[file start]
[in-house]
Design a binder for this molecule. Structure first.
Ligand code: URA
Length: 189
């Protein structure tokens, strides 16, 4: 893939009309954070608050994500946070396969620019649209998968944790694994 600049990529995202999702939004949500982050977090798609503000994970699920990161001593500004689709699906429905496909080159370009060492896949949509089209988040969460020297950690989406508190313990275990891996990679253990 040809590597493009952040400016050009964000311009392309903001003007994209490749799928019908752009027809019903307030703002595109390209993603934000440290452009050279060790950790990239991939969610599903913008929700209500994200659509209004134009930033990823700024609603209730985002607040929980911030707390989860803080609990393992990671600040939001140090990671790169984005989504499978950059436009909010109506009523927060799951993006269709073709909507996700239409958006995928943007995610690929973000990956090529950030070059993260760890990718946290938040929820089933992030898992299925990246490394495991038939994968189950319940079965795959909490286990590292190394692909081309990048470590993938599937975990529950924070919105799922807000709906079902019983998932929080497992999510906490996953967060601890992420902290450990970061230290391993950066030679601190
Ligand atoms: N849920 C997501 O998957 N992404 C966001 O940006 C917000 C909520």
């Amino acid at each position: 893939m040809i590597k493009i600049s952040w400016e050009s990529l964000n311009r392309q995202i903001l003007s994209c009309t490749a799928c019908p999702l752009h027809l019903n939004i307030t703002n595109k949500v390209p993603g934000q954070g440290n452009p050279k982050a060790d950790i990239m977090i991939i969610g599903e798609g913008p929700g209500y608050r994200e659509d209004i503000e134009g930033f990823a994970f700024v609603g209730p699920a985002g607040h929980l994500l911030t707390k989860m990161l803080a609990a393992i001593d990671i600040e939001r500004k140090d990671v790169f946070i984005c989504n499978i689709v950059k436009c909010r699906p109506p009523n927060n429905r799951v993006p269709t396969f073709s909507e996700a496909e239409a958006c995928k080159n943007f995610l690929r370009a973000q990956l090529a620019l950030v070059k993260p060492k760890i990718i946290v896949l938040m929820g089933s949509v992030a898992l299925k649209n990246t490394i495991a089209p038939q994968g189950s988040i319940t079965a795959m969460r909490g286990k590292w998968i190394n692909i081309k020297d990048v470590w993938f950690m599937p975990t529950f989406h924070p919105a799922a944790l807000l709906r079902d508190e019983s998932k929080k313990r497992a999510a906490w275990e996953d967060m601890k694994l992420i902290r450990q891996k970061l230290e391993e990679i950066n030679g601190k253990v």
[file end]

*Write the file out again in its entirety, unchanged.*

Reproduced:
[in-house]
Design a binder for this molecule. Structure first.
Ligand code: URA
Length: 189
């Protein structure tokens, strides 16, 4: 893939009309954070608050994500946070396969620019649209998968944790694994 600049990529995202999702939004949500982050977090798609503000994970699920990161001593500004689709699906429905496909080159370009060492896949949509089209988040969460020297950690989406508190313990275990891996990679253990 040809590597493009952040400016050009964000311009392309903001003007994209490749799928019908752009027809019903307030703002595109390209993603934000440290452009050279060790950790990239991939969610599903913008929700209500994200659509209004134009930033990823700024609603209730985002607040929980911030707390989860803080609990393992990671600040939001140090990671790169984005989504499978950059436009909010109506009523927060799951993006269709073709909507996700239409958006995928943007995610690929973000990956090529950030070059993260760890990718946290938040929820089933992030898992299925990246490394495991038939994968189950319940079965795959909490286990590292190394692909081309990048470590993938599937975990529950924070919105799922807000709906079902019983998932929080497992999510906490996953967060601890992420902290450990970061230290391993950066030679601190
Ligand atoms: N849920 C997501 O998957 N992404 C966001 O940006 C917000 C909520």
């Amino acid at each position: 893939m040809i590597k493009i600049s952040w400016e050009s990529l964000n311009r392309q995202i903001l003007s994209c009309t490749a799928c019908p999702l752009h027809l019903n939004i307030t703002n595109k949500v390209p993603g934000q954070g440290n452009p050279k982050a060790d950790i990239m977090i991939i969610g599903e798609g913008p929700g209500y608050r994200e659509d209004i503000e134009g930033f990823a994970f700024v609603g209730p699920a985002g607040h929980l994500l911030t707390k989860m990161l803080a609990a393992i001593d990671i600040e939001r500004k140090d990671v790169f946070i984005c989504n499978i689709v950059k436009c909010r699906p109506p009523n927060n429905r799951v993006p269709t396969f073709s909507e996700a496909e239409a958006c995928k080159n943007f995610l690929r370009a973000q990956l090529a620019l950030v070059k993260p060492k760890i990718i946290v896949l938040m929820g089933s949509v992030a898992l299925k649209n990246t490394i495991a089209p038939q994968g189950s988040i319940t079965a795959m969460r909490g286990k590292w998968i190394n692909i081309k020297d990048v470590w993938f950690m599937p975990t529950f989406h924070p919105a799922a944790l807000l709906r079902d508190e019983s998932k929080k313990r497992a999510a906490w275990e996953d967060m601890k694994l992420i902290r450990q891996k970061l230290e391993e990679i950066n030679g601190k253990v």